Excess GH in adults (acromegaly) most commonly occurs in middle-aged men and women. Approximately 60 out of every million Americans have acromegaly.

Very infrequently, GH excess may run in families, or be one manifestation of a number of rare syndromes.

Frequent Sign & Symptoms:

The signs and symptoms depends upon the type of growth disorder. A child with a growth problem needs to be evaluated by a health care provider to determine the underlying health issues involved.

How is it diagnosed?
Your child’s height will be measured during routine checkups. if his or her height is consistently either lower or higher than the normal range, he or she will need to be measured frequently. If growth rates continue to be normal, tests may be performed to check hormone levels and to look for underlying disorders, such as genetic abnormality. in some cases, maturity of a child’s bones may be assesses by taking x-rays of the hand and wrist.

What is the treatment?
Treatment for growth disorders is most successful if started well before puberty when bones still have the potential for normal growth. short stature caused by an inadequate diet usually improves if the diet is modified while the child is still growing. If the growth disorder is a chronic illness, careful control of the illness can sometimes result in normal growth. growth hormone deficiency is usually treated by replacement of growth hormone. hypothyroidism is treated by replacing thyroid hormone.

Abnormal early puberty may be treated using drugs to halt the advancement gland tumor may be treated by removal of the tumor.

Treated early, most children with a growth disorder reach a relatively normal height, but, if treatment is delayed until puberty, normal height is more difficult to achieve. Abnormal stature may cause a child to be self-conscious and unhappy, and he or she may need support such as counseling.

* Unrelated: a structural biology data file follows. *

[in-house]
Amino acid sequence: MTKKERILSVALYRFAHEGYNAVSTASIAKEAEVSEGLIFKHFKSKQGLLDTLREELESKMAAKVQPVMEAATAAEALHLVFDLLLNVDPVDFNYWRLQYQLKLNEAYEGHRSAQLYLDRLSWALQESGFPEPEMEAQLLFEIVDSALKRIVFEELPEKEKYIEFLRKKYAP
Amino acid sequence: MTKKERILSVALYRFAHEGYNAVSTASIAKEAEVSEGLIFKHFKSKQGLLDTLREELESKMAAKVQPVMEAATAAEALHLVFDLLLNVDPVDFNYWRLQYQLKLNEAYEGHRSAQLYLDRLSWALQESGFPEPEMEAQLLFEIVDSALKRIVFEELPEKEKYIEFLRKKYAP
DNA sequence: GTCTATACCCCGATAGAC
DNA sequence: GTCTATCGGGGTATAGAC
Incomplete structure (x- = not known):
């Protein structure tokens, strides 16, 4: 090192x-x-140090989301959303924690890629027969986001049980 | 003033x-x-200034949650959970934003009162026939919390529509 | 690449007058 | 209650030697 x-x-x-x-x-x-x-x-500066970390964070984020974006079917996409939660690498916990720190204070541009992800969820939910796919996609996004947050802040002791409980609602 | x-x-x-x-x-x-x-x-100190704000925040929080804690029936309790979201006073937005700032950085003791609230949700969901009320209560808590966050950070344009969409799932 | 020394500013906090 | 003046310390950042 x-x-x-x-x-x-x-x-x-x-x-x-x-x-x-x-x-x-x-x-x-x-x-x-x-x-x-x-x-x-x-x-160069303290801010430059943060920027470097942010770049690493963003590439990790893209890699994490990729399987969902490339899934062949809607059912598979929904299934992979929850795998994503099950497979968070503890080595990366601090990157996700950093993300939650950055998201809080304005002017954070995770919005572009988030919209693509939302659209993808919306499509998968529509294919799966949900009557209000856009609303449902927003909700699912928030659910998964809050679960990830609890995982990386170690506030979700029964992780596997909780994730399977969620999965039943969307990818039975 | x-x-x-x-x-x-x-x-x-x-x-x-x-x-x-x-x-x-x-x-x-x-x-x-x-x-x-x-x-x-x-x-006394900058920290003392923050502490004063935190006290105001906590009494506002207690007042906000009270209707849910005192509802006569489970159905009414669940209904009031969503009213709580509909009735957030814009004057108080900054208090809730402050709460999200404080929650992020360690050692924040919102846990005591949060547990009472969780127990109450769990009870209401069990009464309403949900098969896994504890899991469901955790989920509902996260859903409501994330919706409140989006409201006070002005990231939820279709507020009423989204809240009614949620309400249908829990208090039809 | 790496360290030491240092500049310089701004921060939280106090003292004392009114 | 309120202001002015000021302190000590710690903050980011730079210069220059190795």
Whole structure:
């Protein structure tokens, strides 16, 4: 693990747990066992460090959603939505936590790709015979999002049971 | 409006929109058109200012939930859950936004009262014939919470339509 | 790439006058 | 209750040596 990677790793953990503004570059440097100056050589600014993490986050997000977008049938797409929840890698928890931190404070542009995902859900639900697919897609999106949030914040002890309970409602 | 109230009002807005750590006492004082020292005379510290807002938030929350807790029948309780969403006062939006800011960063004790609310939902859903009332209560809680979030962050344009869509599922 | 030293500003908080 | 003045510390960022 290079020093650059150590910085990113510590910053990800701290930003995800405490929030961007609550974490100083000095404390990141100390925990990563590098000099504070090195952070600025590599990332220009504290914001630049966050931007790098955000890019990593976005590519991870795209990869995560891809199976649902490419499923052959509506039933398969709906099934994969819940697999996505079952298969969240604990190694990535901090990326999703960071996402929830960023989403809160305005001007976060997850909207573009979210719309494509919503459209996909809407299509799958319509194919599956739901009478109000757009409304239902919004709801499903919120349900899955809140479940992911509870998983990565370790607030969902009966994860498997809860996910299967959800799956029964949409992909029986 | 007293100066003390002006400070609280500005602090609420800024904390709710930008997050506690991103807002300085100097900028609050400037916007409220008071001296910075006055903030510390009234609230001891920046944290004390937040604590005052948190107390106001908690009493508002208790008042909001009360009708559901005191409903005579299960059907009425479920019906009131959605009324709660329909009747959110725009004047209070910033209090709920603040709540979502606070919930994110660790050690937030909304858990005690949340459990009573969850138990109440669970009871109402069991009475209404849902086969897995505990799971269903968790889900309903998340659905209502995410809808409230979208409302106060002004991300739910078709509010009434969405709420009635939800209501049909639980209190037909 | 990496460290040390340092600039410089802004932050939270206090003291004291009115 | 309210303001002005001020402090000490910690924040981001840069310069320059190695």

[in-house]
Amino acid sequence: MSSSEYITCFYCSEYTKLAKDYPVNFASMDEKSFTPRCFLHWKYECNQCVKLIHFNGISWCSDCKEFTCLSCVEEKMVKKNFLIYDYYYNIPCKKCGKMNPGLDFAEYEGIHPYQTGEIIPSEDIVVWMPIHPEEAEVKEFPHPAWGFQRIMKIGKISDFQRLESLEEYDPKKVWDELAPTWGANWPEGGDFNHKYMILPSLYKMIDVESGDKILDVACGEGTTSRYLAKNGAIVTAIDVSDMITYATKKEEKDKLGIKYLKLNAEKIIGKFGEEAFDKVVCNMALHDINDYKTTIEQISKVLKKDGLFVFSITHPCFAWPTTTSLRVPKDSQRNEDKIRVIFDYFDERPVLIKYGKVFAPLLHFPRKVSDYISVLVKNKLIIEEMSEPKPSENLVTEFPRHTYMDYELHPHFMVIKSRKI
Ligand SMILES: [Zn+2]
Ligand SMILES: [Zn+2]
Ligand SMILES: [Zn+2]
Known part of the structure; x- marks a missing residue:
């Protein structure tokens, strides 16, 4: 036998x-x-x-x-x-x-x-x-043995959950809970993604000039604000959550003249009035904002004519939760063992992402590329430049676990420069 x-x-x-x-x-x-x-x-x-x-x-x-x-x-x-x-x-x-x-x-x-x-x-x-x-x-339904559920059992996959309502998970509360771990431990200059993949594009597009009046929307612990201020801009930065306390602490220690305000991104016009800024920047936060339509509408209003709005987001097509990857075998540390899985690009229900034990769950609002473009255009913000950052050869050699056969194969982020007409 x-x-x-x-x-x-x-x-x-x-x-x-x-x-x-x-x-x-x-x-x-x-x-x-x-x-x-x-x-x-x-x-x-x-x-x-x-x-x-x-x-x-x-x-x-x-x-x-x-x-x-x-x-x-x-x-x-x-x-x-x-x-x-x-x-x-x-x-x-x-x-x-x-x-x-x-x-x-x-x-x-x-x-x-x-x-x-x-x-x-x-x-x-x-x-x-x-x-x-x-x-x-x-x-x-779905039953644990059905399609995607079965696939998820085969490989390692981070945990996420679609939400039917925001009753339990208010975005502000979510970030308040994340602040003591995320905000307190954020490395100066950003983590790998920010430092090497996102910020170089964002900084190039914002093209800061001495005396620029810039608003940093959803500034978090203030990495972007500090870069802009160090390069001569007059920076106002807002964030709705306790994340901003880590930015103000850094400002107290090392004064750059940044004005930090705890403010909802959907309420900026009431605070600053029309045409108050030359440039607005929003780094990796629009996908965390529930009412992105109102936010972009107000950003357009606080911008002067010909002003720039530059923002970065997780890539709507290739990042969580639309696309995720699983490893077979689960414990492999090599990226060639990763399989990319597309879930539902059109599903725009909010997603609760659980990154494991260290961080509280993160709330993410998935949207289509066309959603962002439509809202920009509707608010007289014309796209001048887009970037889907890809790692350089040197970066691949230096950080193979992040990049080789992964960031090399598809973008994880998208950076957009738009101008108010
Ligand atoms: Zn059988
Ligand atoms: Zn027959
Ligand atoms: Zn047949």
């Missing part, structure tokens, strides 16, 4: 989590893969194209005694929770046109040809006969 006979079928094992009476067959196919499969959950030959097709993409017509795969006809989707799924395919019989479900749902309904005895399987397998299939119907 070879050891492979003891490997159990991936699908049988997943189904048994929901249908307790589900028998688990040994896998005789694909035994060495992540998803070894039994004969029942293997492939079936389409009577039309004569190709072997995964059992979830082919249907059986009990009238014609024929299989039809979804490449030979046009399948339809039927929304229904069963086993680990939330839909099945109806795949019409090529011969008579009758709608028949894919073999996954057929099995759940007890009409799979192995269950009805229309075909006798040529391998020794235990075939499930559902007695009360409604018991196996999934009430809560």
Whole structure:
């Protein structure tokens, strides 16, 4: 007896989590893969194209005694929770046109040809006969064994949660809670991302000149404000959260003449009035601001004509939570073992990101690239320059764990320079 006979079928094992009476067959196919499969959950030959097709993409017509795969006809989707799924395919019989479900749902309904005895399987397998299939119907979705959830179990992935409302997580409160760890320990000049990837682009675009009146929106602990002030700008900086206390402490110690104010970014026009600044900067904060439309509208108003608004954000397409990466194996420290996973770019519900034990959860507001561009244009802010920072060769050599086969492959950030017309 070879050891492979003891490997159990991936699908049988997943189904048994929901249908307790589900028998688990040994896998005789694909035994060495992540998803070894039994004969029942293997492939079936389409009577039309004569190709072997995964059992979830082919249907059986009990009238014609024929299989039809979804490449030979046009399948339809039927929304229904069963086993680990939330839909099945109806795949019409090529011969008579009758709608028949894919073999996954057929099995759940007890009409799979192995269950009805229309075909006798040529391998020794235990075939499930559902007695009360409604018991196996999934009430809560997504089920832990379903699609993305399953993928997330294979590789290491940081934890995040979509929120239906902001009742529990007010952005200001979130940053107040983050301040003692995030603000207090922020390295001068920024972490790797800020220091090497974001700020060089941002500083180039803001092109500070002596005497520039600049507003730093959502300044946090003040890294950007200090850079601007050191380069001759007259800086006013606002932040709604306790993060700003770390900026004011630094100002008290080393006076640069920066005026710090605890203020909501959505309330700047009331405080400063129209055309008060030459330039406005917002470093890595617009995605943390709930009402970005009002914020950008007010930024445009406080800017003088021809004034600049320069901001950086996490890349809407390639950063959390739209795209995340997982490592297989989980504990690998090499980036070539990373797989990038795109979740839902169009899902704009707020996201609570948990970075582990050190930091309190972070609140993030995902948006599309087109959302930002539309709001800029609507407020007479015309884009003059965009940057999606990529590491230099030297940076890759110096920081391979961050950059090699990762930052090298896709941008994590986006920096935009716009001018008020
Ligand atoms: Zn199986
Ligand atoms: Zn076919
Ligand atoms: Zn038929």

Growth Hormone Excess: Treatment Options
Because excess GH — acting alone or together with excess IGF-1 — produces adverse health effects, reducing the levels to normal is desirable. Surgery, medication and/or irradiation of the pituitary gland may be appropriate to achieve these goals.

Growth Disorders Lifestyle and Prevention:
For children:
Because growth hormone is taken for years, it is good for parents of children with GHD to be aware of some safety precautions:

Carefully follow the directions for taking GH
Tell all doctors who care for your child that he or she is taking growth hormone
Make sure your child takes any other prescription drugs exactly as prescribed
Contact your child’s doctor immediately if you have any questions about treatment or signs or symptoms which suggest a complication of GH treatment.
In addition, encourage your child to have a healthy lifestyle. Eating a variety of healthy foods will help your child to grow and respond to growth hormone treatment. Be sure that your child gets regular exercise and plenty of sleep, too.

For adults:

Adults receiving GH treatment should also eat a balanced diet, get regular exercise, and plenty of sleep.

Some adults find their lives are much better after taking GH alone. Others may find they still need some help, particularly with the psychological symptoms of GHD. You may need medication to control anxiety or lift your mood.

Counseling may be helpful too. Some forms of therapy, such as cognitive-behavior therapy, can allow you to correct negative thoughts you may be having. You also may want to join a support group with other adults who have GHD. Talking to others who have been through the same thing can be healing.

Disclaimer: This information is not meant to be a substitute for professional medical advise or help. It is always best to consult with a Physician about serious health concerns. This information is in no way intended to diagnose or prescribe remedies.This is purely for educational purpose.